Brant Local Law established
Friday July 11, 2014 | By:Brian Campbell | News
BRANT — The Brant Town Board has placed regulations on public utility companies establishing temporary residence in town with Local Law No. 1 for 2014.
The law, which seeks to ‘allow the town of Brant Code Enforcement Officer to issue special permits allowing public utilities to establish temporary storage or service yards in any district in the town of Brant,’ came to be after some concern was raised about the presence of National Fuel, who were in town repairing a number of decades old gas leaks.
“This really came about because National Fuel came in to repair some lines in this town that have been leaking for 30-40 years, and while we’re happy that they are here doing that, we don’t want them setting up their business on farmland and being here for long periods of time on private land,” Supervisor Leonard Pero said.
National Fuel set up a temporary staging/parking area on the property of Dale John for their transmission pipeline replacement project. Pero raised concerns on whether or not they would be placing down millings, etc. or anything that would alter the agricultural landscape. He was assured by National Fuel representatives that they would return the property to its original state.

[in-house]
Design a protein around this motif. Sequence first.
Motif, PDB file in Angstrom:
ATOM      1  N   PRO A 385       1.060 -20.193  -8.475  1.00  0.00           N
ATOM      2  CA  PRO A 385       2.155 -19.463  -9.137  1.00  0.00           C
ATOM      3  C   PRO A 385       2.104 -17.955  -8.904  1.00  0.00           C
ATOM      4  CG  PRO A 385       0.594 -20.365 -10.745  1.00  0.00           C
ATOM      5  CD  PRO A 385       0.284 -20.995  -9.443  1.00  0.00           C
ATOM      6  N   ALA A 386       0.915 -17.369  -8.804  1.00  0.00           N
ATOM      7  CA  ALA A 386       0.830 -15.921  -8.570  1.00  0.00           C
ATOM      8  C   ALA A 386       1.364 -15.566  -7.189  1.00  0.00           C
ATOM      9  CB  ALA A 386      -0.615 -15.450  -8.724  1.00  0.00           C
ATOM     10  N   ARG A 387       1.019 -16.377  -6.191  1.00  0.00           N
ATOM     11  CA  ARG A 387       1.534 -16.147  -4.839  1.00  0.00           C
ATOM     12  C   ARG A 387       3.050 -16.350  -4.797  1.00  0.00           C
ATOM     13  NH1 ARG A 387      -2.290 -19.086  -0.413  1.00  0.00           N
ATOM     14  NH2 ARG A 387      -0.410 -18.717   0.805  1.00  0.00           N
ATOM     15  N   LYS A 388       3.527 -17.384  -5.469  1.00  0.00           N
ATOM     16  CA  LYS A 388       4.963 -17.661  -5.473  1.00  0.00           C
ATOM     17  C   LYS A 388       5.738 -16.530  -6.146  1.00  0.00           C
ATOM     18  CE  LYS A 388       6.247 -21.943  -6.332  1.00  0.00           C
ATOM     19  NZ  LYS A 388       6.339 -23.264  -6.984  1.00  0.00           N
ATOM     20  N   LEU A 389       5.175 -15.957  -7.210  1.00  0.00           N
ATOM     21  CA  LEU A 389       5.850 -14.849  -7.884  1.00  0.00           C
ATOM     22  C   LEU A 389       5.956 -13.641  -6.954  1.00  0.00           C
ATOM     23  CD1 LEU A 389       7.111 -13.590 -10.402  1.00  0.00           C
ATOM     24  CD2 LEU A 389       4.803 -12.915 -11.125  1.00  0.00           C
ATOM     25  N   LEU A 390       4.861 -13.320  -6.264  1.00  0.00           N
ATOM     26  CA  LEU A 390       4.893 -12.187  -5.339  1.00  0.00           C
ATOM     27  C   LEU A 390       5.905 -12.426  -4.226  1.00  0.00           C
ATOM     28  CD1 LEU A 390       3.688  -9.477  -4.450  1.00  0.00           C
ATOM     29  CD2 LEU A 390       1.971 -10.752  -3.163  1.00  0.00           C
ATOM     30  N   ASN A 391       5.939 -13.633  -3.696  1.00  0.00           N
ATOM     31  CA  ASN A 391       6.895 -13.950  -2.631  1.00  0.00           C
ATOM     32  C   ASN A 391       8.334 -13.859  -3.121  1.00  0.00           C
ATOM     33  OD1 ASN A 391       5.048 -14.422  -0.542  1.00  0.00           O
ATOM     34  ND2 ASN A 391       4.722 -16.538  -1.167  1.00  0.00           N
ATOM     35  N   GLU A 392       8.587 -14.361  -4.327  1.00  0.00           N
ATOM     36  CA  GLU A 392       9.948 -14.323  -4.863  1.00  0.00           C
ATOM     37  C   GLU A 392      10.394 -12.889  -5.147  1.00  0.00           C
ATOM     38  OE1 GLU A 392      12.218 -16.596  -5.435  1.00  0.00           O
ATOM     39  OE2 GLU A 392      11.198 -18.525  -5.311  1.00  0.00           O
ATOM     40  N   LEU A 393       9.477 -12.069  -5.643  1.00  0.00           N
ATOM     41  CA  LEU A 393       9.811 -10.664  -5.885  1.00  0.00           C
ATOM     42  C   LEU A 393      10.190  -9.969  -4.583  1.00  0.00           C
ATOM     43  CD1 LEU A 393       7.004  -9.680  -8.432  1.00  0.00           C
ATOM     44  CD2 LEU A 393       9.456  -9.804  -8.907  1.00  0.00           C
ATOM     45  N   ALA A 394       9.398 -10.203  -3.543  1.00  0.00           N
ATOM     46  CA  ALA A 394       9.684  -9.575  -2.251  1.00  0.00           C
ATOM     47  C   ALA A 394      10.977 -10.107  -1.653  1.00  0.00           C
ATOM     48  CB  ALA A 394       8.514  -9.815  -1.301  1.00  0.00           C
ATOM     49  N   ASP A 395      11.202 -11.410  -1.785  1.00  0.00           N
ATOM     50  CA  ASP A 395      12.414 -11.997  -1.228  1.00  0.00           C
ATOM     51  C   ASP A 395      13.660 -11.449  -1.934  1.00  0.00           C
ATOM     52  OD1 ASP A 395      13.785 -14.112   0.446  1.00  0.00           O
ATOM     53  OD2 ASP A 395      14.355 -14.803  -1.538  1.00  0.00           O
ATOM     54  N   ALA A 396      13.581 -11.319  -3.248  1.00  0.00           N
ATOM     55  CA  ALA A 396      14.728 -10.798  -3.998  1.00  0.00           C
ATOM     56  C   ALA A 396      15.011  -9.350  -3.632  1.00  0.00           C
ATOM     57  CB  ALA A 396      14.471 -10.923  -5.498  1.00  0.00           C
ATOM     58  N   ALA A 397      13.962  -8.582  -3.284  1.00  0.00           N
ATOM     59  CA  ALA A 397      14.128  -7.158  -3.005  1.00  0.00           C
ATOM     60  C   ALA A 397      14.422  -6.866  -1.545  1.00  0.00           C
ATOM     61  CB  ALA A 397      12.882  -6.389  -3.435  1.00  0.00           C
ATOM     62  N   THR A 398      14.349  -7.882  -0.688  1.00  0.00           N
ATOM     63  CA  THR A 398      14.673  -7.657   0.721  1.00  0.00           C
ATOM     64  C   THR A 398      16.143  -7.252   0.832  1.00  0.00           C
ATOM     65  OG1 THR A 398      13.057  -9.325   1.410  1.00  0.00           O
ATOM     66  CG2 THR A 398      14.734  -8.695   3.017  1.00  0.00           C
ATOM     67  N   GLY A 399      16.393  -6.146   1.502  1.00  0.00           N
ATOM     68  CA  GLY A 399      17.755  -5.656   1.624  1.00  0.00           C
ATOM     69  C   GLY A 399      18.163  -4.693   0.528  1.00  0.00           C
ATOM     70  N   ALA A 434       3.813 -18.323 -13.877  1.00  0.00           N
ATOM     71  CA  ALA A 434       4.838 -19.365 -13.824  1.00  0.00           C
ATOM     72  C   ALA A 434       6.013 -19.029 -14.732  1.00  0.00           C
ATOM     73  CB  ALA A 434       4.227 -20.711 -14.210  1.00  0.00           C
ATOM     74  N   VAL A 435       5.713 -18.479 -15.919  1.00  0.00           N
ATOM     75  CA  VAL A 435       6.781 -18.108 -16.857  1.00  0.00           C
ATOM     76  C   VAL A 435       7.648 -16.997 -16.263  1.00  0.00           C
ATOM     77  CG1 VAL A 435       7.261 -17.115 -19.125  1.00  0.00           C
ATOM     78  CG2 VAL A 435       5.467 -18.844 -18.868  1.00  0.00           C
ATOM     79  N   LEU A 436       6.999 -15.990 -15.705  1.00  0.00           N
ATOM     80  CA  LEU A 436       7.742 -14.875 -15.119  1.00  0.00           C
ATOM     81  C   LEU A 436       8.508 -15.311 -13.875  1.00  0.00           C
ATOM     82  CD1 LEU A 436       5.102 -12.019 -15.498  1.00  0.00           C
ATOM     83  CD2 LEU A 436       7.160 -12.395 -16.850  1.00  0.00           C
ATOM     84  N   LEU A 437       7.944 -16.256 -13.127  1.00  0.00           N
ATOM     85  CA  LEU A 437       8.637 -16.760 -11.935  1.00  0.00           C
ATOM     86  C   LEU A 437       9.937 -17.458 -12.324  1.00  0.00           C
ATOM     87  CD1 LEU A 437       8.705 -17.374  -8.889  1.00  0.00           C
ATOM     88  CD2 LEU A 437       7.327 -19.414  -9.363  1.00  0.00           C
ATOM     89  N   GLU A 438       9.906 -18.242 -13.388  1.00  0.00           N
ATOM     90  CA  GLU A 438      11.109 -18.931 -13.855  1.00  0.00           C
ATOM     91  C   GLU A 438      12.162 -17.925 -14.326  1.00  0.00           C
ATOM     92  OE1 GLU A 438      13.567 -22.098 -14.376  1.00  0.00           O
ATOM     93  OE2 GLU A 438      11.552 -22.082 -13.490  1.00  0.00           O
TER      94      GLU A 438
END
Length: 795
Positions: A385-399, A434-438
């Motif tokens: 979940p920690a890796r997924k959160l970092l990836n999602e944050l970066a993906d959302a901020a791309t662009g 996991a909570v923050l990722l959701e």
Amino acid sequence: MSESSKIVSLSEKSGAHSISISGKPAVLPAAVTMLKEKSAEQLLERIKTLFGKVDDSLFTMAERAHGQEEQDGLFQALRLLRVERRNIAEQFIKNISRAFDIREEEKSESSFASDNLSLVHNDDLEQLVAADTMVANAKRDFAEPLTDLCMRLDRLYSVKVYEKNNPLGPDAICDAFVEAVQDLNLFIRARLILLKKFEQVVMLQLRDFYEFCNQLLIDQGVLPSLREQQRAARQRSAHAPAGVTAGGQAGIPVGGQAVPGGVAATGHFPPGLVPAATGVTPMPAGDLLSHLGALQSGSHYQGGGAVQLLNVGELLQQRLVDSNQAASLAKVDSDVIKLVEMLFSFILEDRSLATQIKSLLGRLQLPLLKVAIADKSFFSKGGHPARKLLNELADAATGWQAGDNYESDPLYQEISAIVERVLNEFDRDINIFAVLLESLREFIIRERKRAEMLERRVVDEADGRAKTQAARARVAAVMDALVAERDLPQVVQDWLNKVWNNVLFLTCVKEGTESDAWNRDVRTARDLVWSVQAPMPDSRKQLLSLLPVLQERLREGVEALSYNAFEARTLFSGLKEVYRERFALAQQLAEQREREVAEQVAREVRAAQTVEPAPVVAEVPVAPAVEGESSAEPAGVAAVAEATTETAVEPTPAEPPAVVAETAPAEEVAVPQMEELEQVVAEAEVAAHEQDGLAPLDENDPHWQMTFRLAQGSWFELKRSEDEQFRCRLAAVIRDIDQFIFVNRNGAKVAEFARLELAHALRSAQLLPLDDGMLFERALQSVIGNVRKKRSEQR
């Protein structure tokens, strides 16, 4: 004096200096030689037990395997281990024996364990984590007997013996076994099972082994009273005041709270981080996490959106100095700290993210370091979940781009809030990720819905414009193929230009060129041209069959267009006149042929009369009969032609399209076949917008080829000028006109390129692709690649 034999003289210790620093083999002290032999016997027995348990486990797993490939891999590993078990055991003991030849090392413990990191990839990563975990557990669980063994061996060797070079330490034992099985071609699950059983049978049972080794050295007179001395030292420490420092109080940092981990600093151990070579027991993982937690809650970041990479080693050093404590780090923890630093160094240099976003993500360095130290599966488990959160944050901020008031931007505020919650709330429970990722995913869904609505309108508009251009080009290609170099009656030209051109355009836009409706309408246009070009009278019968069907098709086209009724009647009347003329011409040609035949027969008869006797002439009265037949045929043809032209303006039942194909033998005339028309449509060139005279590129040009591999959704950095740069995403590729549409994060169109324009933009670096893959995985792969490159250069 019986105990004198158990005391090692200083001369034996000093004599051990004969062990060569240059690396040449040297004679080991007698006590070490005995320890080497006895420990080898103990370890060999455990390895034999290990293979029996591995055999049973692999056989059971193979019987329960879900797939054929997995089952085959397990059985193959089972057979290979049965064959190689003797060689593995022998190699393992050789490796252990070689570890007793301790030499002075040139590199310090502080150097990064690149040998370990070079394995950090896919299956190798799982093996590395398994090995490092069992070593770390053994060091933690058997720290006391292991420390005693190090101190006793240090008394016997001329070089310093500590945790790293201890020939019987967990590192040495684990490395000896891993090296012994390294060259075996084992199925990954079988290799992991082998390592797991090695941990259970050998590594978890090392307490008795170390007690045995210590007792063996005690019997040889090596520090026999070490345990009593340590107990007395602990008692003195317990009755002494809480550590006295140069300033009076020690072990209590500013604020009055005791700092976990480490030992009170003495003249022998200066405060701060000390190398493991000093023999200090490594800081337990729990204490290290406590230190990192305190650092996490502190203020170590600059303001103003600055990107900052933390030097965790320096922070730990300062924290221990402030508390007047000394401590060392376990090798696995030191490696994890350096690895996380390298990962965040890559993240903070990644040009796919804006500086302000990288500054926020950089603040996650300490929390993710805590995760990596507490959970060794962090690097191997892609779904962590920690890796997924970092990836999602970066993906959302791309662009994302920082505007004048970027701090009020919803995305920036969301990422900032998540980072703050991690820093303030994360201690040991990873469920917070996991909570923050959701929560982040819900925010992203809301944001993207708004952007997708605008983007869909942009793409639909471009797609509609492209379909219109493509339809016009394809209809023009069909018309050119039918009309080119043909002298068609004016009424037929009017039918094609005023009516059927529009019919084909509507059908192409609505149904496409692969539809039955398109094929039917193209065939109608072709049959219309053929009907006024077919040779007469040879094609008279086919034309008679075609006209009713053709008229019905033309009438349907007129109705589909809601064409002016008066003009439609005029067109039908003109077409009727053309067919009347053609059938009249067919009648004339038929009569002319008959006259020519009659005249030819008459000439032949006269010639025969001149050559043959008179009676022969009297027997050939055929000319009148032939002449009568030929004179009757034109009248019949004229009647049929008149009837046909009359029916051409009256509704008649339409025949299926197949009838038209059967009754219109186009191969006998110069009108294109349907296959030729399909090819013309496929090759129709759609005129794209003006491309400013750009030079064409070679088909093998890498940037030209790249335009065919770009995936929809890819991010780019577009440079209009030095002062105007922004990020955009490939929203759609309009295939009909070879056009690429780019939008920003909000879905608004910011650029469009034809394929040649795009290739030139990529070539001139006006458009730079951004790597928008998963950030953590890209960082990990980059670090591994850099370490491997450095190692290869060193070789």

“Utility companies come into the community and they have their right of ways and they can come in their pipes and all kinds of equipment, and if they aren’t regulated to a point, they could end up being in an area for years,” Pero said.
“And our intent is that we welcome them to come in and fix their lines but there are certain conditions, such as no longer than six months, so that they can come in and get their work done. We have a lot of farmland, we’re 80 percent agricultural, and we don’t need the disruption of our properties to be permanent fixtures such as parking areas.”
The new local law amends section 161-39.C of the Brant Zoning Code to add a new paragraph that reads ‘the town board delegates to the Code Enforcement Officer authority to issue temporary special permits for service or storage yards required by one or more public utilities for temporary work projects in the vicinity of the proposed service or storage yard site. For purposes of this section, a “temporary work project” shall mean a project which will not exceed six (6) months duration. The Code Enforcement Officer is authorized to set reasonable conditions for such permits to mitigate possible impacts on neighboring properties and will follow the standards set forth above the required buffer strip when such requirements are determined by the CEO as not reasonable or necessary given the temporary character of the service of storage and the proximity of the yard to neighboring uses.’
Initially, National Fuel did not contact the town, instead contacting the homeowner directly.
“I think what happened was that things just got off on the wrong foot,” Councilman Jeffery Gier said. “The town wasn’t informed of what was going on, and I’m sure the board doesn’t have a problem with you getting the utilities back up and running. I can’t see holding things up. I think we are all looking for the property to be put back to the way it used to be when you’re done, that’s all.”
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